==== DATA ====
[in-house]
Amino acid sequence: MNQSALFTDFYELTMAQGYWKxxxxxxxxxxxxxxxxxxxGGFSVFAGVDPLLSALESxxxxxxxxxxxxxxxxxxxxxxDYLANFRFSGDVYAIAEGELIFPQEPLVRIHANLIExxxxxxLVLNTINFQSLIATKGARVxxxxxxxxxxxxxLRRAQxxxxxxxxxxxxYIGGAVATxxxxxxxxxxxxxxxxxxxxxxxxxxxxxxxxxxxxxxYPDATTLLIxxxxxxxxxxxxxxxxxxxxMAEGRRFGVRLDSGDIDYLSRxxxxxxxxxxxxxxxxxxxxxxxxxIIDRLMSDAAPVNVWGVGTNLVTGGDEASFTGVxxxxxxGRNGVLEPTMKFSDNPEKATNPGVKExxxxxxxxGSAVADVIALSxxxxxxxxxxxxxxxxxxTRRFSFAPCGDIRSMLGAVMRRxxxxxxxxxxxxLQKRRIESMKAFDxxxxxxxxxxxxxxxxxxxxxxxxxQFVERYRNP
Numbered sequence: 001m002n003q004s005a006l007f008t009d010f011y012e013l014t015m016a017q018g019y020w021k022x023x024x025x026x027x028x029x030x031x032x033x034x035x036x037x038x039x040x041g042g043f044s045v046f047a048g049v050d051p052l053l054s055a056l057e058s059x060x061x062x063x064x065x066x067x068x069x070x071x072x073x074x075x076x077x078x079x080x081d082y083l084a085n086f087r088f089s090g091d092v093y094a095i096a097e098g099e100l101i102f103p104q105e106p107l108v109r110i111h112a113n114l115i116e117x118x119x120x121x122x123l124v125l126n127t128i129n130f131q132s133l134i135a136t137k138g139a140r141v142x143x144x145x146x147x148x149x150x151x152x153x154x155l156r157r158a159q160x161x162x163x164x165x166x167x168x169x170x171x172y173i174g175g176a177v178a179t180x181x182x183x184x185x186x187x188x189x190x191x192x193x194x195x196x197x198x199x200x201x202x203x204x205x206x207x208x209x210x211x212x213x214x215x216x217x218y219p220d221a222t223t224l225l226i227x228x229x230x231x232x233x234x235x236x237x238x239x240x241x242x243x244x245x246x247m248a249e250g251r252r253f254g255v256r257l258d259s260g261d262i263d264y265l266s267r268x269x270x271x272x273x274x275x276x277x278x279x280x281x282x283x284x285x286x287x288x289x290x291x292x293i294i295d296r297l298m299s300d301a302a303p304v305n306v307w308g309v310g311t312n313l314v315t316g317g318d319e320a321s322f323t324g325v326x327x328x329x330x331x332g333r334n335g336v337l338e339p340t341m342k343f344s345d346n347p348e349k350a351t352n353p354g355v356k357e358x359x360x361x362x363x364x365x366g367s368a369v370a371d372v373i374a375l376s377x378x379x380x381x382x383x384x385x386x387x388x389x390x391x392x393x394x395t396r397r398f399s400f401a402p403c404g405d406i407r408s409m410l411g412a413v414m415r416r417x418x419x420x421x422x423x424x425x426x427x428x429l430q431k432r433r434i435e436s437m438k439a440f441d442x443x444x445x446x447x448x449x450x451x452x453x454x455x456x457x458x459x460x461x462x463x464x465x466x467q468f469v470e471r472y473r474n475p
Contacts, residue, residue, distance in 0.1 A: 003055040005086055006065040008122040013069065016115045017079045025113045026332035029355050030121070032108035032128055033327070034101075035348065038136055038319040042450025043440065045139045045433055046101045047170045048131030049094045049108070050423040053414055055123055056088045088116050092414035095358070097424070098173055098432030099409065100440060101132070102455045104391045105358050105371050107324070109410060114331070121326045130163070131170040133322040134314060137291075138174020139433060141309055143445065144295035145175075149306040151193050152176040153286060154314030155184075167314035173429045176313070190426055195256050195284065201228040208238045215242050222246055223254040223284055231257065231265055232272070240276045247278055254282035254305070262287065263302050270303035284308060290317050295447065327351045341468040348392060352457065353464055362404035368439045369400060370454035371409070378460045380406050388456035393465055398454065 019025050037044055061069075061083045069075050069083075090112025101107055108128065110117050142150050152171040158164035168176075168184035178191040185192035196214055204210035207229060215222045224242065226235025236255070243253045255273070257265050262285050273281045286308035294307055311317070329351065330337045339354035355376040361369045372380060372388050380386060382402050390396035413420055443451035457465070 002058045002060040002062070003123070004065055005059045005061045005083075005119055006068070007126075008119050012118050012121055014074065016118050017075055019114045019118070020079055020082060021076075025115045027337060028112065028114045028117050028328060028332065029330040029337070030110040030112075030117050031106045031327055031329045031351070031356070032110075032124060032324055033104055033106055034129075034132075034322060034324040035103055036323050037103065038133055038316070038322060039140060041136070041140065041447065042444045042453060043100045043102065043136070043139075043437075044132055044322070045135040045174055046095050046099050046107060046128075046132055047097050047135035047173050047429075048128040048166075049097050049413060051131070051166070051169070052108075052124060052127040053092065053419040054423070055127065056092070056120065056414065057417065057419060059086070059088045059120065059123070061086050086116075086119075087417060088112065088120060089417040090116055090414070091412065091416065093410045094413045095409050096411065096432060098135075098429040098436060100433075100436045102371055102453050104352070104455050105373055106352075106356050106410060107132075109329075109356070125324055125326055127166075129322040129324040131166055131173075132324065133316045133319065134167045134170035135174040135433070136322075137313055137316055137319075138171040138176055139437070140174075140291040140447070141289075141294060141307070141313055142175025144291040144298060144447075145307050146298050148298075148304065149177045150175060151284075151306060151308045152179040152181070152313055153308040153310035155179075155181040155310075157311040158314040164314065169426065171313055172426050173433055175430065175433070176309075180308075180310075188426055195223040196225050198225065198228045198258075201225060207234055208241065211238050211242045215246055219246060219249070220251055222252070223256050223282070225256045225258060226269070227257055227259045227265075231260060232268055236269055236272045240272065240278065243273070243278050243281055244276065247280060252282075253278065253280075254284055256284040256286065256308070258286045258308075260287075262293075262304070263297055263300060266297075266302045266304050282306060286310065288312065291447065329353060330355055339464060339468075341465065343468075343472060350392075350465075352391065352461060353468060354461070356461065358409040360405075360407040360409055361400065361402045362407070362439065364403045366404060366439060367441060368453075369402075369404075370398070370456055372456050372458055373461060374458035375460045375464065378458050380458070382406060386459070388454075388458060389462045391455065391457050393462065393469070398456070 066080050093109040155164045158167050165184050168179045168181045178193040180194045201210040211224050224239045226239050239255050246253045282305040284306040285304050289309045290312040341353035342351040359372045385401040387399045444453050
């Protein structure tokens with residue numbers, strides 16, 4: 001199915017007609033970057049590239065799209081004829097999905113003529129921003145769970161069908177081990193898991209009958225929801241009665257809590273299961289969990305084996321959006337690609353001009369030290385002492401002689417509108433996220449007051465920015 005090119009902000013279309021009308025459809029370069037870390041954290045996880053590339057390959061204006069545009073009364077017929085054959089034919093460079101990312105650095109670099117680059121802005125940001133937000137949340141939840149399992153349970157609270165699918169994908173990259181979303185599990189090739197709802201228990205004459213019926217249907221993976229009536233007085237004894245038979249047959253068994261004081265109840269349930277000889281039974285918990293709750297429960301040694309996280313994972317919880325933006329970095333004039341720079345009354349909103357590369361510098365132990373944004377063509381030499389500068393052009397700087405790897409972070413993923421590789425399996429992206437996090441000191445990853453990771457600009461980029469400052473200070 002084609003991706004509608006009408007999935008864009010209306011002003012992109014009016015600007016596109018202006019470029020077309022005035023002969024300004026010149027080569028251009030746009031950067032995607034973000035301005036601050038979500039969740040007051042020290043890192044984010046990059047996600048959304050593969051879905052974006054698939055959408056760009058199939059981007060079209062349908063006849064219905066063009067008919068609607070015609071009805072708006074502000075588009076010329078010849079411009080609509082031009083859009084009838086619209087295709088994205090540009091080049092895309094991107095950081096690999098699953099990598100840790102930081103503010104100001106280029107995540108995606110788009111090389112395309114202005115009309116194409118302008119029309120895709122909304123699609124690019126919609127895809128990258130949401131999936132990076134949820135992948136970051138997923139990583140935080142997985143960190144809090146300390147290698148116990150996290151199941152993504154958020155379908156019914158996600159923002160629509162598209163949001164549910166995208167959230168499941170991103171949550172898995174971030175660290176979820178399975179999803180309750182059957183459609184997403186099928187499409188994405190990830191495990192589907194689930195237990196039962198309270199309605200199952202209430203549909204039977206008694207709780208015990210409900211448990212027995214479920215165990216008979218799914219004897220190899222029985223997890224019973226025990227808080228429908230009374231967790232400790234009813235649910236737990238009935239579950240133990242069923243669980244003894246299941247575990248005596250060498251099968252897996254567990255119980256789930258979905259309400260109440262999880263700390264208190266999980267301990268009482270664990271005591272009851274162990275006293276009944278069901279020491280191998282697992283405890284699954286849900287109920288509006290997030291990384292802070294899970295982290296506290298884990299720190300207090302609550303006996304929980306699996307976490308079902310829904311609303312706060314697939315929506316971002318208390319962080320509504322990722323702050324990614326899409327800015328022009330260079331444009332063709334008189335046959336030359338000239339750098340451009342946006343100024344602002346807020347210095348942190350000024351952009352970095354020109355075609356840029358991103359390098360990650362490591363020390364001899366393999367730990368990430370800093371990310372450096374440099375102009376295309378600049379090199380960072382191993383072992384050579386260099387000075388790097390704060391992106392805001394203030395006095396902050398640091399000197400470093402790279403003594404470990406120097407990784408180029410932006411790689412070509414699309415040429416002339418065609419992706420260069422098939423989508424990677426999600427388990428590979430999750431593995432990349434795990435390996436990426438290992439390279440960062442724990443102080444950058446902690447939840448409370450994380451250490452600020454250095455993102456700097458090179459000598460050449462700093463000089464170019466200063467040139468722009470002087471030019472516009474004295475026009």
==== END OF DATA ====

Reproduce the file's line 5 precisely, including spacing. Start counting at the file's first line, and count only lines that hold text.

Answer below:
């Protein structure tokens with residue numbers, strides 16, 4: 001199915017007609033970057049590239065799209081004829097999905113003529129921003145769970161069908177081990193898991209009958225929801241009665257809590273299961289969990305084996321959006337690609353001009369030290385002492401002689417509108433996220449007051465920015 005090119009902000013279309021009308025459809029370069037870390041954290045996880053590339057390959061204006069545009073009364077017929085054959089034919093460079101990312105650095109670099117680059121802005125940001133937000137949340141939840149399992153349970157609270165699918169994908173990259181979303185599990189090739197709802201228990205004459213019926217249907221993976229009536233007085237004894245038979249047959253068994261004081265109840269349930277000889281039974285918990293709750297429960301040694309996280313994972317919880325933006329970095333004039341720079345009354349909103357590369361510098365132990373944004377063509381030499389500068393052009397700087405790897409972070413993923421590789425399996429992206437996090441000191445990853453990771457600009461980029469400052473200070 002084609003991706004509608006009408007999935008864009010209306011002003012992109014009016015600007016596109018202006019470029020077309022005035023002969024300004026010149027080569028251009030746009031950067032995607034973000035301005036601050038979500039969740040007051042020290043890192044984010046990059047996600048959304050593969051879905052974006054698939055959408056760009058199939059981007060079209062349908063006849064219905066063009067008919068609607070015609071009805072708006074502000075588009076010329078010849079411009080609509082031009083859009084009838086619209087295709088994205090540009091080049092895309094991107095950081096690999098699953099990598100840790102930081103503010104100001106280029107995540108995606110788009111090389112395309114202005115009309116194409118302008119029309120895709122909304123699609124690019126919609127895809128990258130949401131999936132990076134949820135992948136970051138997923139990583140935080142997985143960190144809090146300390147290698148116990150996290151199941152993504154958020155379908156019914158996600159923002160629509162598209163949001164549910166995208167959230168499941170991103171949550172898995174971030175660290176979820178399975179999803180309750182059957183459609184997403186099928187499409188994405190990830191495990192589907194689930195237990196039962198309270199309605200199952202209430203549909204039977206008694207709780208015990210409900211448990212027995214479920215165990216008979218799914219004897220190899222029985223997890224019973226025990227808080228429908230009374231967790232400790234009813235649910236737990238009935239579950240133990242069923243669980244003894246299941247575990248005596250060498251099968252897996254567990255119980256789930258979905259309400260109440262999880263700390264208190266999980267301990268009482270664990271005591272009851274162990275006293276009944278069901279020491280191998282697992283405890284699954286849900287109920288509006290997030291990384292802070294899970295982290296506290298884990299720190300207090302609550303006996304929980306699996307976490308079902310829904311609303312706060314697939315929506316971002318208390319962080320509504322990722323702050324990614326899409327800015328022009330260079331444009332063709334008189335046959336030359338000239339750098340451009342946006343100024344602002346807020347210095348942190350000024351952009352970095354020109355075609356840029358991103359390098360990650362490591363020390364001899366393999367730990368990430370800093371990310372450096374440099375102009376295309378600049379090199380960072382191993383072992384050579386260099387000075388790097390704060391992106392805001394203030395006095396902050398640091399000197400470093402790279403003594404470990406120097407990784408180029410932006411790689412070509414699309415040429416002339418065609419992706420260069422098939423989508424990677426999600427388990428590979430999750431593995432990349434795990435390996436990426438290992439390279440960062442724990443102080444950058446902690447939840448409370450994380451250490452600020454250095455993102456700097458090179459000598460050449462700093463000089464170019466200063467040139468722009470002087471030019472516009474004295475026009």